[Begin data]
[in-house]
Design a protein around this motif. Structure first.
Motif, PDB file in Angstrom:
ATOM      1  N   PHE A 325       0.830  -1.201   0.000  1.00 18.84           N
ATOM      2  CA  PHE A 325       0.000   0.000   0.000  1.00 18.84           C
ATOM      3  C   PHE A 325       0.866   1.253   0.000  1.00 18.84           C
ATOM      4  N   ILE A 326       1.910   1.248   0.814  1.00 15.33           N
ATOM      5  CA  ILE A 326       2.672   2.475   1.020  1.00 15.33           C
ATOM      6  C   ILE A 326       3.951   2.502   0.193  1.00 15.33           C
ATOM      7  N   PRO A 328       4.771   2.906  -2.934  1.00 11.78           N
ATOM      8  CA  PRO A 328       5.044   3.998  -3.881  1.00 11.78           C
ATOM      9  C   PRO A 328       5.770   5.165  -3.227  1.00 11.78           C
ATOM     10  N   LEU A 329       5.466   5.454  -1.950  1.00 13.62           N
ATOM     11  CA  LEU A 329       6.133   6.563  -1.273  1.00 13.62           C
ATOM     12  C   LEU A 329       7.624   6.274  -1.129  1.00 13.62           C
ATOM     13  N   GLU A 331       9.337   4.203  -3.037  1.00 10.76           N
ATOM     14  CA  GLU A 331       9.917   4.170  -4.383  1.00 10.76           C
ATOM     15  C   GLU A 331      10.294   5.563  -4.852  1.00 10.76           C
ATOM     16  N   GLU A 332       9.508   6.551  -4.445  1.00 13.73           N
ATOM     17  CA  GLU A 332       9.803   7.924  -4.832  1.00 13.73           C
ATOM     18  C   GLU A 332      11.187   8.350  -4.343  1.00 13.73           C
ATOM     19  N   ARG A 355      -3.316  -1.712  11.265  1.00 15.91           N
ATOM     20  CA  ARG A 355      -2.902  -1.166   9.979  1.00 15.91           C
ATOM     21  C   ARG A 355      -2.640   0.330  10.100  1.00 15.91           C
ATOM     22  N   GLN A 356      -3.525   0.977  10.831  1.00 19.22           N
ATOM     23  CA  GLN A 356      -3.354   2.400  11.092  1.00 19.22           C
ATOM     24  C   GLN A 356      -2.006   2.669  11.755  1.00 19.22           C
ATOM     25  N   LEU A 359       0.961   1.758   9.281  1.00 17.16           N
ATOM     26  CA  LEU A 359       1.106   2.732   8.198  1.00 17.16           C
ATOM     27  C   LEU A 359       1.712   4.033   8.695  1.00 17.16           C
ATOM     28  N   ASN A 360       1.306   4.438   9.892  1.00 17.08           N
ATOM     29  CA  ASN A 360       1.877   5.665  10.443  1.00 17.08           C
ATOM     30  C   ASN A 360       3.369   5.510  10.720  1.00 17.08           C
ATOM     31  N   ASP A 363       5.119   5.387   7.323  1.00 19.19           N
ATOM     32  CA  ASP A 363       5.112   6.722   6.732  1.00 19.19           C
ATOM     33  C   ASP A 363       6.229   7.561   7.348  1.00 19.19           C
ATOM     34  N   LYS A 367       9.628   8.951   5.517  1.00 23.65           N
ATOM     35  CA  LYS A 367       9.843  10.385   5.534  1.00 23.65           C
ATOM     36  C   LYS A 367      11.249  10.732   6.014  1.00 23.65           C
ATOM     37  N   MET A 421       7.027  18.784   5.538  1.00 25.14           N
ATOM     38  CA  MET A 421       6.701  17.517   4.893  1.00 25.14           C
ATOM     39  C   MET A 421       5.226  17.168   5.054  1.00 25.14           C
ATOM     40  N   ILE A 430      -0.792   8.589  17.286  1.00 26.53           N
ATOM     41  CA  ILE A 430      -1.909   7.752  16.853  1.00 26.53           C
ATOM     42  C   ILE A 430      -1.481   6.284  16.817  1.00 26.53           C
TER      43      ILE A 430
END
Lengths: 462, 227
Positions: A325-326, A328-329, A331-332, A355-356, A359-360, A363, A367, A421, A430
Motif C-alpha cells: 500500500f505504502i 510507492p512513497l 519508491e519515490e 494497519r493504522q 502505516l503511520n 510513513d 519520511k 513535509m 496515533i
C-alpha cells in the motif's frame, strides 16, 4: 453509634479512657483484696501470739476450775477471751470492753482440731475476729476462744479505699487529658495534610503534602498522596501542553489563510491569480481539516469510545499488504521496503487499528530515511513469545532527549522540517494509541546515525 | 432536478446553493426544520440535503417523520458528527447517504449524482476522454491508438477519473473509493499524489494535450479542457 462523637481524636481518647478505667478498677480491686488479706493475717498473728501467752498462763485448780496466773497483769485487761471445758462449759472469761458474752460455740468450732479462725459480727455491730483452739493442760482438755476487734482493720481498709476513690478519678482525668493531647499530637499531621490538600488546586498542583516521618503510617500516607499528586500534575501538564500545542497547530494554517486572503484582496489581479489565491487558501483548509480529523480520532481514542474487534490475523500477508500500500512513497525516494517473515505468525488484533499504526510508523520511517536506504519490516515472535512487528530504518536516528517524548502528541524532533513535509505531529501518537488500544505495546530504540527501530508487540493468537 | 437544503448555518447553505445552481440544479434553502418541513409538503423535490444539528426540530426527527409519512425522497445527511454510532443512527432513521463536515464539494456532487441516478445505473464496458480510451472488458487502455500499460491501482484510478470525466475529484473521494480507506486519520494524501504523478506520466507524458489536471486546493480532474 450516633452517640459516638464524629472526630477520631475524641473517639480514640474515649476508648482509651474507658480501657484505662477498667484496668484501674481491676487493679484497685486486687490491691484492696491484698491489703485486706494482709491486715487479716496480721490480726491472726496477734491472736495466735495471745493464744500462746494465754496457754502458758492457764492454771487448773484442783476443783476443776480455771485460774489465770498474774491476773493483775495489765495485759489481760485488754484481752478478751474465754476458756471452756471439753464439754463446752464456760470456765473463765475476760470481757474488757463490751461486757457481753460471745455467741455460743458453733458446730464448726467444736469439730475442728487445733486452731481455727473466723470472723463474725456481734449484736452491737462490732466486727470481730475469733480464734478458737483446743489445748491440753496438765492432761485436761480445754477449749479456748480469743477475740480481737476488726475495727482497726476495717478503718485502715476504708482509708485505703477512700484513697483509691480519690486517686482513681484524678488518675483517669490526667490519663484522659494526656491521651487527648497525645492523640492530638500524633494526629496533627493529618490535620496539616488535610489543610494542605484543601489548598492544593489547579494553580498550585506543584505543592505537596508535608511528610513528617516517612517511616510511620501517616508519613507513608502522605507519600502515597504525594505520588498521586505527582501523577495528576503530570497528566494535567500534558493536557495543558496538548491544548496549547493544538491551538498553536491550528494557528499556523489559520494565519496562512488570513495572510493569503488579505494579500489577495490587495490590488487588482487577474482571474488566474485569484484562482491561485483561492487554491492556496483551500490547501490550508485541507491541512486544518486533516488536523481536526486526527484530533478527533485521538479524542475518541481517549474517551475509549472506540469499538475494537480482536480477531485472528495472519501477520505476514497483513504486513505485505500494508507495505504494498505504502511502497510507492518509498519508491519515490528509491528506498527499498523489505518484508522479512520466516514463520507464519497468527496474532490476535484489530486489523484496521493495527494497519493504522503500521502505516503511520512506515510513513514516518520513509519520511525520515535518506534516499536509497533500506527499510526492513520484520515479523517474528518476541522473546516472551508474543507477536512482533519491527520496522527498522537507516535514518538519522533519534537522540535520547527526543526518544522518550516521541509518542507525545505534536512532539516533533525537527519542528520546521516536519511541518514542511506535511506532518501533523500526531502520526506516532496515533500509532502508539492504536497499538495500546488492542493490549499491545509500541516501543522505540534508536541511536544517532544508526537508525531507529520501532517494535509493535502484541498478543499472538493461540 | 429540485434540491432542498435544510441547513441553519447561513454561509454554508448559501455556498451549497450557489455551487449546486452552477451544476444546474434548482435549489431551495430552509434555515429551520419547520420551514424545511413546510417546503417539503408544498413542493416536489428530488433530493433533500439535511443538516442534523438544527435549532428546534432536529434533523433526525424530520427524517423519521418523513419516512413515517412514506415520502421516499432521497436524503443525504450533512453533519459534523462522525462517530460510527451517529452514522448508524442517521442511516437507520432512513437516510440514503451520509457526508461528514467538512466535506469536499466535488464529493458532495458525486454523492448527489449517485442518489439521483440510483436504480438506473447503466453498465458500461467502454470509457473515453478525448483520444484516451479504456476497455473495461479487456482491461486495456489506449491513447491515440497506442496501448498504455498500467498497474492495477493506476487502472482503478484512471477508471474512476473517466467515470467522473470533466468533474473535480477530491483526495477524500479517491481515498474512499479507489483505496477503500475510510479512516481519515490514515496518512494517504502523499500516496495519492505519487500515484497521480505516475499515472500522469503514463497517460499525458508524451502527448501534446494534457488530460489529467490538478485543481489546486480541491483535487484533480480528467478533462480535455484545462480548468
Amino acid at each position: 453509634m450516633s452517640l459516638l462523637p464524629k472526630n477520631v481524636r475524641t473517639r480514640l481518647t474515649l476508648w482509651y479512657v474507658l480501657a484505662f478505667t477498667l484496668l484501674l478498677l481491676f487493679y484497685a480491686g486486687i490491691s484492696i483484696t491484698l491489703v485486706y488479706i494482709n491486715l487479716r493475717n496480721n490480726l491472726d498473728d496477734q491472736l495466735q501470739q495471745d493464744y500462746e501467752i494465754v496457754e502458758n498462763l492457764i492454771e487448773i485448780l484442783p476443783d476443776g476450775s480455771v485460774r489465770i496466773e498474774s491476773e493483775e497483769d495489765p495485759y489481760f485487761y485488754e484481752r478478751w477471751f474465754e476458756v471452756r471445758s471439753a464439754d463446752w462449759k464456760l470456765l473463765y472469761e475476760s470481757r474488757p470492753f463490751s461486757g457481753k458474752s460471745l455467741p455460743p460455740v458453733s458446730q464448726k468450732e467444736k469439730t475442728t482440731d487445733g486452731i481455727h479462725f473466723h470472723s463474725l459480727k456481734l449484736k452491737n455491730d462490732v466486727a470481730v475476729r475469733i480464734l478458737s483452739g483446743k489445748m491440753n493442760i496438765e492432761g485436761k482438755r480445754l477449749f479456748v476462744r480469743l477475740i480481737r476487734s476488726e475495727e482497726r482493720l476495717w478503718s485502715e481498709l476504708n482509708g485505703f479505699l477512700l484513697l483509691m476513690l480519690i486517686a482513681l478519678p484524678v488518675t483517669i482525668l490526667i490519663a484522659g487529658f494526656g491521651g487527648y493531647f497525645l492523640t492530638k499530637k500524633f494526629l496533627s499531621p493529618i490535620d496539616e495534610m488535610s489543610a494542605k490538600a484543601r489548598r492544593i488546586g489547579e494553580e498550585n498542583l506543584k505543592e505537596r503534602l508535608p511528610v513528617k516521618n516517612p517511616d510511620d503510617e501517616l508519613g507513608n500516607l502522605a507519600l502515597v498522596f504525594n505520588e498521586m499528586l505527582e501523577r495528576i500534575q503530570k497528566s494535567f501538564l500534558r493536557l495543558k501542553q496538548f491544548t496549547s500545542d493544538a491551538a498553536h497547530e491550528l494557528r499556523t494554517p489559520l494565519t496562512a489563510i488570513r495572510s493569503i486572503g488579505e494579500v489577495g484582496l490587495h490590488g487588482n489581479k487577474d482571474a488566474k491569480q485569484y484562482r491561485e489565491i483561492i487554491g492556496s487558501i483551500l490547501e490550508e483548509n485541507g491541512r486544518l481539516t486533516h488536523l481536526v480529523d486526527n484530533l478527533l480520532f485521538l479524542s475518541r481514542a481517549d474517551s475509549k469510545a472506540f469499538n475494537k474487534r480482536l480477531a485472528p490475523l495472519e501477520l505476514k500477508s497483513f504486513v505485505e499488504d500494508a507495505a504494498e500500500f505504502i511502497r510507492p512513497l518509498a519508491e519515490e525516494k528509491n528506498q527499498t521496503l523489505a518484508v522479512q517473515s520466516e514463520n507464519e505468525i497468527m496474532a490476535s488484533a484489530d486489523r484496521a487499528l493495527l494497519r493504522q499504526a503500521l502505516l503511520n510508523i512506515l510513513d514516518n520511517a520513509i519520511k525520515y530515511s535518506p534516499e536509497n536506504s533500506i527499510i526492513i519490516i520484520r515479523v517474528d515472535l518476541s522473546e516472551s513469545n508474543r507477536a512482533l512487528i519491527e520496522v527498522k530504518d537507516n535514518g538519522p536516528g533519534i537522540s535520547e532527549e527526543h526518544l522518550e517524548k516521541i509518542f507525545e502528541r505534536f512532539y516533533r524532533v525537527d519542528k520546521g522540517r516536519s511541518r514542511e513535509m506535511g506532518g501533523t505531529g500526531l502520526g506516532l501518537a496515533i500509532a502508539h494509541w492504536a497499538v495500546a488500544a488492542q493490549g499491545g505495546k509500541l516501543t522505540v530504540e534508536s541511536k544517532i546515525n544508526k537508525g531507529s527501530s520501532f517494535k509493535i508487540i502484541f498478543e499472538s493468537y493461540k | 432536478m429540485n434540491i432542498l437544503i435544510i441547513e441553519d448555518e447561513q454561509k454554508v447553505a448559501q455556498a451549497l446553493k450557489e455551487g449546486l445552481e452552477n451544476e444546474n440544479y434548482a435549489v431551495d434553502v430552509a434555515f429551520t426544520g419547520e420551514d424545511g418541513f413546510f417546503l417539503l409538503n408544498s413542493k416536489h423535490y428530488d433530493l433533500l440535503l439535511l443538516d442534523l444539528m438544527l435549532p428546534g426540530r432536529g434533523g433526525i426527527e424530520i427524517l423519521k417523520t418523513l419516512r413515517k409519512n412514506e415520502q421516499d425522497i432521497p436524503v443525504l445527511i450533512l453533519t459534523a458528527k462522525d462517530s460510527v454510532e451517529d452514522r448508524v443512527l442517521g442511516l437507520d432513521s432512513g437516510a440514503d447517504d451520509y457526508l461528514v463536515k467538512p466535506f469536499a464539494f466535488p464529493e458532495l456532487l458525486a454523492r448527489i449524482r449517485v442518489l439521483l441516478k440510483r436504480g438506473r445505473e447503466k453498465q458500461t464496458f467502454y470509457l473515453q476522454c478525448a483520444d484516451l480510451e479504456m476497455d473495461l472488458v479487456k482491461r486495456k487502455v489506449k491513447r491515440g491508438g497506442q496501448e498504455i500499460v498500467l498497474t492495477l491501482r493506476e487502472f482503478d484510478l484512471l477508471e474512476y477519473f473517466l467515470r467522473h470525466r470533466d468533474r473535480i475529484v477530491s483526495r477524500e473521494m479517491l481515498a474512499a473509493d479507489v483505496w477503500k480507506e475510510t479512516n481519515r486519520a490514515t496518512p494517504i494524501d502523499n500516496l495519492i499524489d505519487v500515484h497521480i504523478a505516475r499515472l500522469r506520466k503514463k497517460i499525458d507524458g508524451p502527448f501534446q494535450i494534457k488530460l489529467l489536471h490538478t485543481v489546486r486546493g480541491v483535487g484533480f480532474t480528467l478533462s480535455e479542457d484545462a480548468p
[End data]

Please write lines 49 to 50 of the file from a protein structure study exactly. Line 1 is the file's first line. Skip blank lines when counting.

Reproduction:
Positions: A325-326, A328-329, A331-332, A355-356, A359-360, A363, A367, A421, A430
Motif C-alpha cells: 500500500f505504502i 510507492p512513497l 519508491e519515490e 494497519r493504522q 502505516l503511520n 510513513d 519520511k 513535509m 496515533i